Prospects of Mitigating Late Blight Disease of Potato in Nigeria through Deployment of Triple R (3R) Stacked Gene Transgenic Varieties

  • C. O. Amadi
  • M. Ghislain
  • S. S. Kahya
  • V. Dabels
  • N. E. Nnadi
  • G. Amadi
Keywords: 3R biotech potato, Late blight disease, Potato, Phytophthora infestans


Potato (Solanum tuberosum) is a cherished staple food in Nigeria. Low average yield of about 4.3t/ha obtained locally is partly due to 20-50% yield reduction caused by late blight disease (LBD) (caused by species of oomycetes known as Phytophthora infestans). Based on a price of $150 per ton for potato, the cost of late blight disease is estimated at between $42,000,000 – $105,000,000 per annum. Development and deployment of resistant varieties remain the most economic and environmentally sustainable way to control plant diseases. Stacking resistance R genes for Phytophthora into farmer-preferred varieties from wild relatives by conventional breeding takes decades to realize, especially when working with polyploids and crops suffering from inbreeding depression. Genetic transformation techniques provide a more direct transfer mechanism into existing elite varieties lacking resistance to LBD. The 3R biotech potato was developed by the International Potato Center (CIP) by transferring three R genes selected from unmodified DNA fragments of Solanum bulbocastanum, and Solanum venturii into farmers’ preferred varieties lacking resistance to LBD. These genes were chosen for their ability to recognise a broad spectrum of strains of P. infestans. The efficacy and safe use of 3R Potato have been demonstrated in Uganda and can be scaled out in Nigeria to mitigate the threat posed by LBD. Regulatory approvals for confined field trials of lead events, environmental and commercial release, robust extension and adoption of prospective 3R biotech potato varieties by relevant stakeholders will contribute significantly to food security in Nigeria. The prospects are brightened by extant policy environment which appears conducive for obtaining the required regulatory approvals for trial and deployment of potato varieties stacked with 3 R resistant genes.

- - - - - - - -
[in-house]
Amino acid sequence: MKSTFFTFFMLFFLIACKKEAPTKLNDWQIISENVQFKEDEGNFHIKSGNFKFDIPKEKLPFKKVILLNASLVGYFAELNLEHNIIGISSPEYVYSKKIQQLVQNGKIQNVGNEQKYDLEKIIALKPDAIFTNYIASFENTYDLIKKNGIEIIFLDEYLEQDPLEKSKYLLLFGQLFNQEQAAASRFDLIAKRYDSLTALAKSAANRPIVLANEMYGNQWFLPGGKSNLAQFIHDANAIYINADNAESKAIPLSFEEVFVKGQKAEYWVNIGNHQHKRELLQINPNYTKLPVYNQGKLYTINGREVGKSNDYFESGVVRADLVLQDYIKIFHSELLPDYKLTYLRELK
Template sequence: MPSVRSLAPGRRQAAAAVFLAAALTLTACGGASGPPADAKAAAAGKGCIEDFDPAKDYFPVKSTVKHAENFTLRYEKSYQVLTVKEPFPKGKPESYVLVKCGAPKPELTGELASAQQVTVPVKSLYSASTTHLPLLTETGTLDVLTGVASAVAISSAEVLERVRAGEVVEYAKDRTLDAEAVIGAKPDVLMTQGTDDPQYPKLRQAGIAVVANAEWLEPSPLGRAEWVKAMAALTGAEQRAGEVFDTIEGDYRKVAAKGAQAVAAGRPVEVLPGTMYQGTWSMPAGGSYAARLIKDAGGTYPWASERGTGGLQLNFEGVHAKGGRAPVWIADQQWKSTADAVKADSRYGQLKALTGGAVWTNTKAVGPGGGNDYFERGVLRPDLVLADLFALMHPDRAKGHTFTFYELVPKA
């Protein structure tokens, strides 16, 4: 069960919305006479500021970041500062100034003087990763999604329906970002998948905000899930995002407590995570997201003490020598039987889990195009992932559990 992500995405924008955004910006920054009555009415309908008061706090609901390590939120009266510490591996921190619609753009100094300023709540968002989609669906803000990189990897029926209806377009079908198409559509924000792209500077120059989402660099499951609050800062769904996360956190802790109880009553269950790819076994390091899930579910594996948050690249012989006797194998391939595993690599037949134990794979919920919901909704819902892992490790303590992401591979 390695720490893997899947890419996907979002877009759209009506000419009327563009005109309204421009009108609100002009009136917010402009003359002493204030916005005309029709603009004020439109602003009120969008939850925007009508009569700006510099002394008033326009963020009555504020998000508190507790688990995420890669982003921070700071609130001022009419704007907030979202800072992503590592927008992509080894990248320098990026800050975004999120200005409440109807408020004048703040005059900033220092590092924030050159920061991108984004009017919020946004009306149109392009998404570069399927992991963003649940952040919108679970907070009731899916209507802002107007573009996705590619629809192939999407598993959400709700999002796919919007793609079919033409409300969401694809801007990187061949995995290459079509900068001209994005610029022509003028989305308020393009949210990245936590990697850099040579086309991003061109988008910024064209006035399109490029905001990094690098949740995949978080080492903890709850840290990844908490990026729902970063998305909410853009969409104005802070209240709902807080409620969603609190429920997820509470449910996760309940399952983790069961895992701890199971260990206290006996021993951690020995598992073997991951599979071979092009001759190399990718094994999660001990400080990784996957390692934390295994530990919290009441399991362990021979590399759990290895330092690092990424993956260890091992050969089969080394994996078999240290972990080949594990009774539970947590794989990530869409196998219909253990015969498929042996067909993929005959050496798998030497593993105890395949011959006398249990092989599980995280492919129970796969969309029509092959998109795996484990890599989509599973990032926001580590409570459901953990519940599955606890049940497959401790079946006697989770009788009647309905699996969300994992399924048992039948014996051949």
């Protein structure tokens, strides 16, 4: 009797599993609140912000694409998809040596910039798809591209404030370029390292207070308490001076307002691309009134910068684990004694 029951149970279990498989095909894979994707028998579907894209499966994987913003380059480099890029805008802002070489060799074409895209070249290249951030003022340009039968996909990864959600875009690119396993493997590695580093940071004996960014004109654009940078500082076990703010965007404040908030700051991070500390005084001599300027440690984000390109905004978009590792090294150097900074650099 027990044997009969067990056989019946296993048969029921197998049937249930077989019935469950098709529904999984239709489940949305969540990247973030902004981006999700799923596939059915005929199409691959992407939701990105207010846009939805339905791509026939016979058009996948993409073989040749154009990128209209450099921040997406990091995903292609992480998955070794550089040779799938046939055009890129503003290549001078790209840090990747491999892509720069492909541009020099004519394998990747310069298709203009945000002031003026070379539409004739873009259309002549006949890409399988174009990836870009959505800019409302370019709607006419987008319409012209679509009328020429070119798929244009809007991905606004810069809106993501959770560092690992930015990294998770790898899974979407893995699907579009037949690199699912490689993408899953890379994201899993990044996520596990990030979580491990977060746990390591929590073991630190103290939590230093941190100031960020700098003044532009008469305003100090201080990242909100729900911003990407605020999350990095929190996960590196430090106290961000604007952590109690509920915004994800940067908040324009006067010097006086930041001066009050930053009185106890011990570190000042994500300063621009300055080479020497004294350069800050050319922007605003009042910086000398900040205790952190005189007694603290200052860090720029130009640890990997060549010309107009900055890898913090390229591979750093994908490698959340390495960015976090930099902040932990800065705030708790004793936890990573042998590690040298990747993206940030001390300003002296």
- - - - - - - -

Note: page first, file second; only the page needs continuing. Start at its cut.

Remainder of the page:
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print ISSN: 0300-368X